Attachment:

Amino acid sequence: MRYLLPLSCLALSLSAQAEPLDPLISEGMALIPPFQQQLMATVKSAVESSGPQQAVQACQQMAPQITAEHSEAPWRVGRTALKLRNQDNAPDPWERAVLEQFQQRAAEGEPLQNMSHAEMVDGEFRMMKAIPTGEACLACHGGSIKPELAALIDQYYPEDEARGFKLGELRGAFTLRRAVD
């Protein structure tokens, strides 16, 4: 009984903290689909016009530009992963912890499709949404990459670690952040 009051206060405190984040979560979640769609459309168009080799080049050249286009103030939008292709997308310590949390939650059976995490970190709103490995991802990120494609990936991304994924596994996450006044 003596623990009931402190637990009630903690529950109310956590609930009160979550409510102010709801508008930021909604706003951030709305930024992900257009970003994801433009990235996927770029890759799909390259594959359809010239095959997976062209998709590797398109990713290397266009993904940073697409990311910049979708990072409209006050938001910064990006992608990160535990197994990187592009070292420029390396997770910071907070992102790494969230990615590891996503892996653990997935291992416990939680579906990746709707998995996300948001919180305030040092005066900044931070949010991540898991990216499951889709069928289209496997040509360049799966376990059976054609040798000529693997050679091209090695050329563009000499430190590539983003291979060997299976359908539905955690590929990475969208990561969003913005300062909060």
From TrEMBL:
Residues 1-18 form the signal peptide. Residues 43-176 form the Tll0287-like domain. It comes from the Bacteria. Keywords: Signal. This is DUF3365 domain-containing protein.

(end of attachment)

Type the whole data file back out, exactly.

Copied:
Amino acid sequence: MRYLLPLSCLALSLSAQAEPLDPLISEGMALIPPFQQQLMATVKSAVESSGPQQAVQACQQMAPQITAEHSEAPWRVGRTALKLRNQDNAPDPWERAVLEQFQQRAAEGEPLQNMSHAEMVDGEFRMMKAIPTGEACLACHGGSIKPELAALIDQYYPEDEARGFKLGELRGAFTLRRAVD
């Protein structure tokens, strides 16, 4: 009984903290689909016009530009992963912890499709949404990459670690952040 009051206060405190984040979560979640769609459309168009080799080049050249286009103030939008292709997308310590949390939650059976995490970190709103490995991802990120494609990936991304994924596994996450006044 003596623990009931402190637990009630903690529950109310956590609930009160979550409510102010709801508008930021909604706003951030709305930024992900257009970003994801433009990235996927770029890759799909390259594959359809010239095959997976062209998709590797398109990713290397266009993904940073697409990311910049979708990072409209006050938001910064990006992608990160535990197994990187592009070292420029390396997770910071907070992102790494969230990615590891996503892996653990997935291992416990939680579906990746709707998995996300948001919180305030040092005066900044931070949010991540898991990216499951889709069928289209496997040509360049799966376990059976054609040798000529693997050679091209090695050329563009000499430190590539983003291979060997299976359908539905955690590929990475969208990561969003913005300062909060």
From TrEMBL:
Residues 1-18 form the signal peptide. Residues 43-176 form the Tll0287-like domain. It comes from the Bacteria. Keywords: Signal. This is DUF3365 domain-containing protein.